After viewing a few slides of Alberto Giacometti, Jacqui gave each one of the group a small lump of clay. We were asked to create a clay man/woman in the style of Giacometti; tall and thin. We were asked to think about the the qualities of the clay. How did it feel? What is the texture? Was it dry or wet? What is the property of the clay? Did it dry out when manipulated for too long? What marks could be distinguished after making? How strong/supportive was the figure? Did it fall over or stay upright? Is the foundation secure? Was human interaction evident in the form of fingerprints? What kind of fine motor skills have been utilised?  These are all valid questions of any designer/maker. These tools can be applied to anything that I create, whether it be practical, oral or written.


Homework for myself. Re-read Bill Brown’s ‘Thing Theory’ and deconstruct some of the obtuse and academic style of writing. Simplify and learn.




My first elected/chosen workshop. Having always had a fascination for Photography from such a young age, I thought it sagacious to snap up this terrific opportunity. I did not know what to initially expect on this workshop, but nonetheless I brought my Canon EOS 750D SLR. The Photography/Video department was situated in N-Block, specifically N0.01.

Malcolm, the Photography/Video TD, began introducing us to the benefit of using Photography within our own practice. Documenting our work, blogs, research, practice progression and recording experiments could all be enhanced with using high quality photographic images. He informed us that workshops will become available within Term 2, straight after Christmas. No brainer for me, I am signed up already!!

The session flowed extremely well and was wonderfully involving. Slides were shown of how effective Photographic practice within individual practice can be. Previous students’ work was demonstrated to inform us of what can be achieved if you use opportunities wisely.

Some of the ideas, to be used within my practice, absorbed are as follow:

  1. Employ textile design with old & recycled furniture. Utilise functionality of high-end Photography to advertise work in a creative and innovative manner.
  2. Photo Collage – Fabric/Stitch/Print. How will photographic paper take to being stitched into/printed on?
  3. Using Photography to create an Artists book/photo-book/visual diary.
  4. Can use the print Room in A-Block for large jobs/Digital Print.
  5. When producing Business cards less is more, leave some space for your personal information.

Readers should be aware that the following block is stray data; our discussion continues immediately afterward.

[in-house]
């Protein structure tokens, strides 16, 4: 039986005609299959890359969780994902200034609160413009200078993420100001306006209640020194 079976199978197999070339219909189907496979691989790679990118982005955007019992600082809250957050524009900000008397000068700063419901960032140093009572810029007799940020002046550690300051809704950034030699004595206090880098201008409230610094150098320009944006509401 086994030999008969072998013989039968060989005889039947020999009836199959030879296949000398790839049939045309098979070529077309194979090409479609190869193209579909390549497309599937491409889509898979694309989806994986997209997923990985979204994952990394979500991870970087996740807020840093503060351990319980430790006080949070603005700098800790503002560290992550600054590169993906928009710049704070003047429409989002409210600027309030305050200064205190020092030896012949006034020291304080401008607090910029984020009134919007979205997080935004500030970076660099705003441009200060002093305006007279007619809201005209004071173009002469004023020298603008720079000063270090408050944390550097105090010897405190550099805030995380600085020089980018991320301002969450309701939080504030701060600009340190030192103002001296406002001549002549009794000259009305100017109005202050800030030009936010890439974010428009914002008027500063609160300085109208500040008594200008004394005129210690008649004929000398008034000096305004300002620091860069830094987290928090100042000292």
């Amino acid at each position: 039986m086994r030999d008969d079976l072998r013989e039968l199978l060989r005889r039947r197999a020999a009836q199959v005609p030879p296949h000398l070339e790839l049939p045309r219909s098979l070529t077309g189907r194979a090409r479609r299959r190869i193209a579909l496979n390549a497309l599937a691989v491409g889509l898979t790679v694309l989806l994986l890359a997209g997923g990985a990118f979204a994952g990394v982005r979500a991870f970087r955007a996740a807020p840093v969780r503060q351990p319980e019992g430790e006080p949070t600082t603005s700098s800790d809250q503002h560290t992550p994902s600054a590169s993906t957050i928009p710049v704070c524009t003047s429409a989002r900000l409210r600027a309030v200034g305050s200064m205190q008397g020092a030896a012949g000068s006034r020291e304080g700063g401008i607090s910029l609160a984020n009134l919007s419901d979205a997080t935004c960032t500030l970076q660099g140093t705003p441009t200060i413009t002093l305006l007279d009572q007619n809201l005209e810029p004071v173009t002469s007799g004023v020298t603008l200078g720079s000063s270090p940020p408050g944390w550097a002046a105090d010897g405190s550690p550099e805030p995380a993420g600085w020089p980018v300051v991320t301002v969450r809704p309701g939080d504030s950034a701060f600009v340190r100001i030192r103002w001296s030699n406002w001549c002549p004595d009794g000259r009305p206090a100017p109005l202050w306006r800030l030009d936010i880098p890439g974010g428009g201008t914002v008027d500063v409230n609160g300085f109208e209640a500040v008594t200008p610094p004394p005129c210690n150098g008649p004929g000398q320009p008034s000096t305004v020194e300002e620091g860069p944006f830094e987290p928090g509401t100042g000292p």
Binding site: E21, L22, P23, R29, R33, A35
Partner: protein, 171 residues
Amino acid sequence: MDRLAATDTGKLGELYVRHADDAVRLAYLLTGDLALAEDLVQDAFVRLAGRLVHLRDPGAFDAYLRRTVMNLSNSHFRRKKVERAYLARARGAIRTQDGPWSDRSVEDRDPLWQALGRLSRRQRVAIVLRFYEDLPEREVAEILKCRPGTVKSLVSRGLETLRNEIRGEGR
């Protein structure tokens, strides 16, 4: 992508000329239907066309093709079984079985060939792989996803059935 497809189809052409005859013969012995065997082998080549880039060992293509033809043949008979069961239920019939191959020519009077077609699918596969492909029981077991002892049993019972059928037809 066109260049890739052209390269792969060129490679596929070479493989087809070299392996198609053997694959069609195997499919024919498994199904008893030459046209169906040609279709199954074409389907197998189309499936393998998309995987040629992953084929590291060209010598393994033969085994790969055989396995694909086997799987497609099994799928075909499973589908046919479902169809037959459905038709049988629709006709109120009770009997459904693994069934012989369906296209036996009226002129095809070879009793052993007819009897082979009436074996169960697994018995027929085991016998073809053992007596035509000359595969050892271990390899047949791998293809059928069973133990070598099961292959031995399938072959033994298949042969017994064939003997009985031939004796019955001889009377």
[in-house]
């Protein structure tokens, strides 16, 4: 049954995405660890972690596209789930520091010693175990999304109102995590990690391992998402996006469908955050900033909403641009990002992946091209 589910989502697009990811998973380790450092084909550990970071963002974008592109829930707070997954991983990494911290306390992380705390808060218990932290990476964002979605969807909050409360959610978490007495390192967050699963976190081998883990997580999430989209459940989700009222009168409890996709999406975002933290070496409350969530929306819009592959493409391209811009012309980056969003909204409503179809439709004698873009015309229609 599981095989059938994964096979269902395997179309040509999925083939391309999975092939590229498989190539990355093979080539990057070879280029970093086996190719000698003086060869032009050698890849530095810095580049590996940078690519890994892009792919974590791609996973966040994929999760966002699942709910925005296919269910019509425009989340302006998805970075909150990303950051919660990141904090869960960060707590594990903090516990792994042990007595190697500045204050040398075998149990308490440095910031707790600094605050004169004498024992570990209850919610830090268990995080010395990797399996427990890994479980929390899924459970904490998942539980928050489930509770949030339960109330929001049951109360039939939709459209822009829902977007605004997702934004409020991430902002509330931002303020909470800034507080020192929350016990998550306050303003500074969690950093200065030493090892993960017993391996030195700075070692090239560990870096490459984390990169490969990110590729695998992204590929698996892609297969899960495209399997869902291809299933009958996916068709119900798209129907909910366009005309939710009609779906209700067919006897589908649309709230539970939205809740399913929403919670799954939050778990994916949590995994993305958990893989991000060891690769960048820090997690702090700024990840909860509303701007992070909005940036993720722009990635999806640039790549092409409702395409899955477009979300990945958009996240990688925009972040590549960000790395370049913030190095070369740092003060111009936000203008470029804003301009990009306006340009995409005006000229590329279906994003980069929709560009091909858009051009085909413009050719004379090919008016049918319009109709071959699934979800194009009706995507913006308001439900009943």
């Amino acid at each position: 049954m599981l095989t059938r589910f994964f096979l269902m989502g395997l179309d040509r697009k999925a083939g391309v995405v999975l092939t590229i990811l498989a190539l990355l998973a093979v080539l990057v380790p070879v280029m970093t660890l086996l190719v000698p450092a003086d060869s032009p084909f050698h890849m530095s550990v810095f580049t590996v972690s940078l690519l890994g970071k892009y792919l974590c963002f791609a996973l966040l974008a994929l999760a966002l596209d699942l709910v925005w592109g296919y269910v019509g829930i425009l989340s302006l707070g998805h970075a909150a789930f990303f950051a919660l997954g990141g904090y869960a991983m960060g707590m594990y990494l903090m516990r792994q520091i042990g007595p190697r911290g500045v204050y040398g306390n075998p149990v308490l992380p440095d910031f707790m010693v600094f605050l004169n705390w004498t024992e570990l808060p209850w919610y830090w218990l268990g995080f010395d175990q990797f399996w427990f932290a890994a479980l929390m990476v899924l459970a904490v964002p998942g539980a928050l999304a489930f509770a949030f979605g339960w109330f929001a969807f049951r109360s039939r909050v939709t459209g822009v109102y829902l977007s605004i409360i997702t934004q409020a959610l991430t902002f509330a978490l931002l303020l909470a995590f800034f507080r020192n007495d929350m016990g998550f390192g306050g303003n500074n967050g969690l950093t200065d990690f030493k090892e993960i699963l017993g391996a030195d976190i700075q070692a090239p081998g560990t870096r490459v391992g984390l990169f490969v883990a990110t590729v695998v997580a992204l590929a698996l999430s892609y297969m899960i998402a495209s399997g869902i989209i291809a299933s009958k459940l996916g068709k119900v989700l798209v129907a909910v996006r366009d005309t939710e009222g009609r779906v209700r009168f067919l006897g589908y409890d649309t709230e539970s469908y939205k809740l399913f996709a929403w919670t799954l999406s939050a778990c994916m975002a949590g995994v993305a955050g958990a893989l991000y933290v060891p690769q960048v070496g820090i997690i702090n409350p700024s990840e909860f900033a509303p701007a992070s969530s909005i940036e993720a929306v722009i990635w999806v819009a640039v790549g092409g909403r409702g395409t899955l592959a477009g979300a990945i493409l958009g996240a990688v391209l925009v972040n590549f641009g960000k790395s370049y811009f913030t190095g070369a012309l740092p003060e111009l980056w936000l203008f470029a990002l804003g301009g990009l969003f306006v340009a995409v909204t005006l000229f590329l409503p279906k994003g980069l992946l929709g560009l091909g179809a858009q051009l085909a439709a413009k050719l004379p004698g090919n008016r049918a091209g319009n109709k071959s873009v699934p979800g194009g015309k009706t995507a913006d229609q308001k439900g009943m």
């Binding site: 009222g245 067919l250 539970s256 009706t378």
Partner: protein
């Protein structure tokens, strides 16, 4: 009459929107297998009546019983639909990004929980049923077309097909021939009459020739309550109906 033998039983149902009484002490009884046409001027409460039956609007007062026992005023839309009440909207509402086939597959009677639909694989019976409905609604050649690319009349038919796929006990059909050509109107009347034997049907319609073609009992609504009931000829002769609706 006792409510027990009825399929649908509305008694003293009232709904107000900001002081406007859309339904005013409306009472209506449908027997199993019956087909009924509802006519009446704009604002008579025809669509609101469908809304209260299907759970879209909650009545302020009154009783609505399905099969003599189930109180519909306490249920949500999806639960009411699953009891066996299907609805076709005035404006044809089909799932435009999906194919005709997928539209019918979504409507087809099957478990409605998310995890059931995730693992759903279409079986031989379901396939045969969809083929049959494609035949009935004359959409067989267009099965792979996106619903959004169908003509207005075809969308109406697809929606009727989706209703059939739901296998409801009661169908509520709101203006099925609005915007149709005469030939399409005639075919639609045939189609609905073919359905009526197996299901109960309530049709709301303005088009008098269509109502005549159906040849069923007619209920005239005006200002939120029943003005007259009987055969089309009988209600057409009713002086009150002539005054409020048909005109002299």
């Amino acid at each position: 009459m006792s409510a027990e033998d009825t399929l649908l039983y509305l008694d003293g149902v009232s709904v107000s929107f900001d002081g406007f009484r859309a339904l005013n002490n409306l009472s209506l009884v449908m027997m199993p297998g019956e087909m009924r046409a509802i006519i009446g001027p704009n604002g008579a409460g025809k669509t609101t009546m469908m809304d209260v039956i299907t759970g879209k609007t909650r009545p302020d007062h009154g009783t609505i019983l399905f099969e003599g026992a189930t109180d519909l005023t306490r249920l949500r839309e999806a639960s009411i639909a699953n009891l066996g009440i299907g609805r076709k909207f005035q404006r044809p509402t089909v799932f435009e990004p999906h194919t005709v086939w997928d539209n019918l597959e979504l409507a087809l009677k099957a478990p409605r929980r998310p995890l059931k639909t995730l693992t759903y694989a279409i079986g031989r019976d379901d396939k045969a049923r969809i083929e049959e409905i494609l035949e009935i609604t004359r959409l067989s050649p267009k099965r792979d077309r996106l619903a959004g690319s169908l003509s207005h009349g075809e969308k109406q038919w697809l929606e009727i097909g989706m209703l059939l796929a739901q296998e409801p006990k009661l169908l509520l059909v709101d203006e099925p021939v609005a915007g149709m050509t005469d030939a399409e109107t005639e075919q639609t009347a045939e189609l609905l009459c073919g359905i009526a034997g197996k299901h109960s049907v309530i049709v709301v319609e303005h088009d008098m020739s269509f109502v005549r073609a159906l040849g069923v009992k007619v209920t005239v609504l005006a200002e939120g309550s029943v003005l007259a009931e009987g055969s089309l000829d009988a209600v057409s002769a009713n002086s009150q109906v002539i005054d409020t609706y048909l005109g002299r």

6. Research the history/practice of producing CYANOTYPES, KALLITYPES and PHOTOGRAMS.

CYANOTYPE – ‘Cyanotype is a photographic printing process that produces a cyan-blue print. Engineers used the process well into the 20th century as a simple and low-cost process to produce copies of drawings, referred to as blueprints. The process uses two chemicals: ferric ammonium citrate and potassium ferricyanide’.  Exert taken from Wikipedia.

(Above) Anna Atkins “Papaver Rhoeas, 1845.”

KALLITYPE – ‘Kallitype is a process for making photographic prints. Patented in 1889 by W. W. J. Nicol, the Kallitype print is an iron-silver process. A chemical process similar to the Van Dyke brown based on the use of a combination of ferric and silver salts. While Van Dyke brown and argyrotype use ferric ammonium citrate, the light-sensitive element used for the Kallitype is ferric oxalate.[1] The use of ferric oxalate allows for both extended shadow definition (higher DMAX) and contrast control’.   Exert taken from Wikipedia.11_07_24_Kallitype_Scan_001_blog

(Above) Paul Romaniuk “Untitled/Untoned Kallitype, 2011”

PHOTOGRAM – ‘A Photogram is a photographic image made without a camera by placing objects directly onto the surface of a light-sensitive material such as photographic paper and then exposing it to light. The usual result is a negative shadow image that shows variations in tone that depends upon the transparency of the objects used. Areas of the paper that have received no light appear white; those exposed through transparent or semi-transparent objects appear grey. The technique is sometimes called cameraless photography. It was used by Man Ray in his exploration of rayographs. Other artists who have experimented with the technique include László Moholy-Nagy, Christian Schad (who called them “Schadographs”), Imogen Cunningham and Pablo Picasso.[2] Variations of the technique have also been used for scientific purposes’.